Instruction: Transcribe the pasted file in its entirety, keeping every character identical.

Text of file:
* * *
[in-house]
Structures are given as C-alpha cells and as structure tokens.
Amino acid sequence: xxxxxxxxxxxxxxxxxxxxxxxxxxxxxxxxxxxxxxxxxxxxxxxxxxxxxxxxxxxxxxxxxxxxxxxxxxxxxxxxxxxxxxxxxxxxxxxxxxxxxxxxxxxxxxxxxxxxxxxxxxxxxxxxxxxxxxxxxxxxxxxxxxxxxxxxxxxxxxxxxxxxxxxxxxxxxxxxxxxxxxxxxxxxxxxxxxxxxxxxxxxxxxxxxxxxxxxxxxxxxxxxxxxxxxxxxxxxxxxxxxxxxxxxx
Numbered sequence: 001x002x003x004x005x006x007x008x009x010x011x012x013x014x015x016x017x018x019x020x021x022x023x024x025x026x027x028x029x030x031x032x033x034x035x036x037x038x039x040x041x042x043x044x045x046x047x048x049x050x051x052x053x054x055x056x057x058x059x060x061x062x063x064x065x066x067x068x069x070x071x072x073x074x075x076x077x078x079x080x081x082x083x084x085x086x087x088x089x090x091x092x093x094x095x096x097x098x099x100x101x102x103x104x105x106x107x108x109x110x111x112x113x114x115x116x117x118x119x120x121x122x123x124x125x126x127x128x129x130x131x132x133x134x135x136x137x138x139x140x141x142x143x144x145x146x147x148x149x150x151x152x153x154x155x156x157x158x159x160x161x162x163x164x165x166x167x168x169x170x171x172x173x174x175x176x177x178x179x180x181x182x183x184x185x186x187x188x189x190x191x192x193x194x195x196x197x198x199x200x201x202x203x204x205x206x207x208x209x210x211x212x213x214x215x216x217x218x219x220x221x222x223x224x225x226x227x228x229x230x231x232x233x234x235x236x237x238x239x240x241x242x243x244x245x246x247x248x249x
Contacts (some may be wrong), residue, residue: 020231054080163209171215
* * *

[in-house]
Structures are given as C-alpha cells and as structure tokens.
Amino acid sequence: xxxxxxxxxxxxxxxxxxxxxxxxxxxxxxxxxxxxxxxxxxxxxxxxxxxxxxxxxxxxxxxxxxxxxxxxxxxxxxxxxxxxxxxxxxxxxxxxxxxxxxxxxxxxxxxxxxxxxxxxxxxxxxxxxxxxxxxxxxxxxxxxxxxxxxxxxxxxxxxxxxxxxxxxxxxxxxxxxxxxxxxxxxxxxxxxxxxxxxxxxxxxxxxxxxxxxxxxxxxxxxxxxxxxxxxxxxxxxxxxxxxxxxxxx
Numbered sequence: 001x002x003x004x005x006x007x008x009x010x011x012x013x014x015x016x017x018x019x020x021x022x023x024x025x026x027x028x029x030x031x032x033x034x035x036x037x038x039x040x041x042x043x044x045x046x047x048x049x050x051x052x053x054x055x056x057x058x059x060x061x062x063x064x065x066x067x068x069x070x071x072x073x074x075x076x077x078x079x080x081x082x083x084x085x086x087x088x089x090x091x092x093x094x095x096x097x098x099x100x101x102x103x104x105x106x107x108x109x110x111x112x113x114x115x116x117x118x119x120x121x122x123x124x125x126x127x128x129x130x131x132x133x134x135x136x137x138x139x140x141x142x143x144x145x146x147x148x149x150x151x152x153x154x155x156x157x158x159x160x161x162x163x164x165x166x167x168x169x170x171x172x173x174x175x176x177x178x179x180x181x182x183x184x185x186x187x188x189x190x191x192x193x194x195x196x197x198x199x200x201x202x203x204x205x206x207x208x209x210x211x212x213x214x215x216x217x218x219x220x221x222x223x224x225x226x227x228x229x230x231x232x233x234x235x236x237x238x239x240x241x242x243x244x245x246x247x248x249x
Contacts (some may be wrong), residue, residue: 020231054080163209171215